SEATTLE — Seattle Mariners manager Eric Wedge said Saturday his uncertain contract status wasn’t the reason he decided not to return next season.
A day after announcing he would step down after this season, Wedge said he wanted to clarify his reasoning, after much of the media coverage focused on his lack of a contract for next season. Wedge had said earlier in the week he felt he was left “hanging out there” by the organization regarding his status for 2014.
However, on Saturday he said he wouldn’t have returned even if a long-term contract had been offered.
“Let me be clear here, the contract was not the reason I’m not coming back here,” Wedge said. “If they’d offered me a five-year contract, I’m not coming back here.”
Wedge entered Saturday’s game against Oakland with a 212-272 record as Mariners’ manager since he joined the team in 2011, replacing Don Wakamatsu, who was fired during the 2010 season.
Wedge said the reason behind his departure was a difference of opinion between him and the Mariners’ front office: CEO Howard Lincoln, president Chuck Armstrong and general manager Jack Zduriencik.
“Where they see the club, they being Howard, Chuck and Jack, and where I see the club, my vision of the future and theirs are just different,” Wedge said. “That’s as plain as I can make it.”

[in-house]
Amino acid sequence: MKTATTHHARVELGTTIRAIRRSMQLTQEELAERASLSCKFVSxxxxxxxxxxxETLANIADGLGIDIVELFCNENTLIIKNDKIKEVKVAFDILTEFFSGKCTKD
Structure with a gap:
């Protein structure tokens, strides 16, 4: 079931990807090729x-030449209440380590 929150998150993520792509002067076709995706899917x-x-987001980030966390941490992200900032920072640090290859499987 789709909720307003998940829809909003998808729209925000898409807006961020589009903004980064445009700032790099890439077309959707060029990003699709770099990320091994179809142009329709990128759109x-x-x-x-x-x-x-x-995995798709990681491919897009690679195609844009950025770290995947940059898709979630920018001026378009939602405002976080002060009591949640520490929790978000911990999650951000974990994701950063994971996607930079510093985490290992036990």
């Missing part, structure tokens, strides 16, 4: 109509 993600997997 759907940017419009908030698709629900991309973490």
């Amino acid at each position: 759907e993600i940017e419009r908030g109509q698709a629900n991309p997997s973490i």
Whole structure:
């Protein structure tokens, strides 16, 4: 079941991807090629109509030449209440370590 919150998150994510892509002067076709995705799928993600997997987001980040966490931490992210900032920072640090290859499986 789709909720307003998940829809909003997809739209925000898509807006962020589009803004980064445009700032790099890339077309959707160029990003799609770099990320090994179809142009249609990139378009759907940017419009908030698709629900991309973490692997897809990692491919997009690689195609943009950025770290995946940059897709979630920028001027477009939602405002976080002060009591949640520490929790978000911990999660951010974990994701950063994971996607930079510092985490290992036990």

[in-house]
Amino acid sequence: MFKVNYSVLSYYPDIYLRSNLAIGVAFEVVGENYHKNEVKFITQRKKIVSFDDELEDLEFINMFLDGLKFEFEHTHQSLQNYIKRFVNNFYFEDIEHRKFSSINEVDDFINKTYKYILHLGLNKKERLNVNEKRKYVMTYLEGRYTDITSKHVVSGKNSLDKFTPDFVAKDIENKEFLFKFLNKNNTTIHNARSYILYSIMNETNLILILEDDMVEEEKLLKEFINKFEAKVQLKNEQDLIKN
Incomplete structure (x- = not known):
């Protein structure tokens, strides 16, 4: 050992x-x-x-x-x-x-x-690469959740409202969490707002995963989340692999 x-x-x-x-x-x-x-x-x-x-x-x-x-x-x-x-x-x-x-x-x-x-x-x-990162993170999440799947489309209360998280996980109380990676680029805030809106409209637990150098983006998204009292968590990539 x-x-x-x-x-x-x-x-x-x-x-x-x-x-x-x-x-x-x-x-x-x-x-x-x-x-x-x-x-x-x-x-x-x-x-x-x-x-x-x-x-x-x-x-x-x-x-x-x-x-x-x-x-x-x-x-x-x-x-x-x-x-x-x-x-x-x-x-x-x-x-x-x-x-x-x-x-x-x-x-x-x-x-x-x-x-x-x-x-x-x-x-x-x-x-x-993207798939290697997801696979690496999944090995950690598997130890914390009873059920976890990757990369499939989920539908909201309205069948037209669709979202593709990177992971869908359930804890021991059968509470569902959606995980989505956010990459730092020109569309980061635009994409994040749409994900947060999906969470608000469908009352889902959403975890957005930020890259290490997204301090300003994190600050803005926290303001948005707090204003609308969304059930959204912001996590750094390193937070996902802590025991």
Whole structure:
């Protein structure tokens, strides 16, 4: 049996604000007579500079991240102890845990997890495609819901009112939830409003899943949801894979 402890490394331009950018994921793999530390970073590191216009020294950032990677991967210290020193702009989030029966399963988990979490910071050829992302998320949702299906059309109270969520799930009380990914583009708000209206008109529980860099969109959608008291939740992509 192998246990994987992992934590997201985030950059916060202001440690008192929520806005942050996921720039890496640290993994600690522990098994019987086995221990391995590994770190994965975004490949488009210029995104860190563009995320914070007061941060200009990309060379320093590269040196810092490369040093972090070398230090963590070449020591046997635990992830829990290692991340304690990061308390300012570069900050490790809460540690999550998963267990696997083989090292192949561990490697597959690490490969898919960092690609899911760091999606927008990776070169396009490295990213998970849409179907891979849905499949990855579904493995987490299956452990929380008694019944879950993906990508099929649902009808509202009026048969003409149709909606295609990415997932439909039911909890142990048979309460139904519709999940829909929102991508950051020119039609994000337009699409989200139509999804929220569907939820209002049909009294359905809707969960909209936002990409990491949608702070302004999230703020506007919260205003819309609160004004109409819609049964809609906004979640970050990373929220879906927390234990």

That characterization contradicts what Zduriencik said on Friday regarding differences between himself and Wedge.
“I think that was strictly related to the contract,” Zduriencik said. “In terms of our philosophy and stuff, I think we’re pretty much on the same page.”
When Wedge was asked on Saturday about Zduriencik seeming to indicate the two of them shared a vision for the team, his response was, “That’s not the case.”
“As I said, I’m not coming back here because of the contract, it’s because of how they see things and how I see things,” Wedge said.
Wedge wouldn’t say what he felt the front office’s vision for the team was, but he said his thoughts were simple.
“It’s just about sticking with the kids you believe in, adding to it and being patient. Sticking to the program,” Wedge said. “And having consistency. You have to have consistency in personnel. Every time you turn over you start over again, to a certain extent.”
Seattle entered Saturday’s game against Oakland with a 70-90 record and will finish with a losing record for the fourth straight season.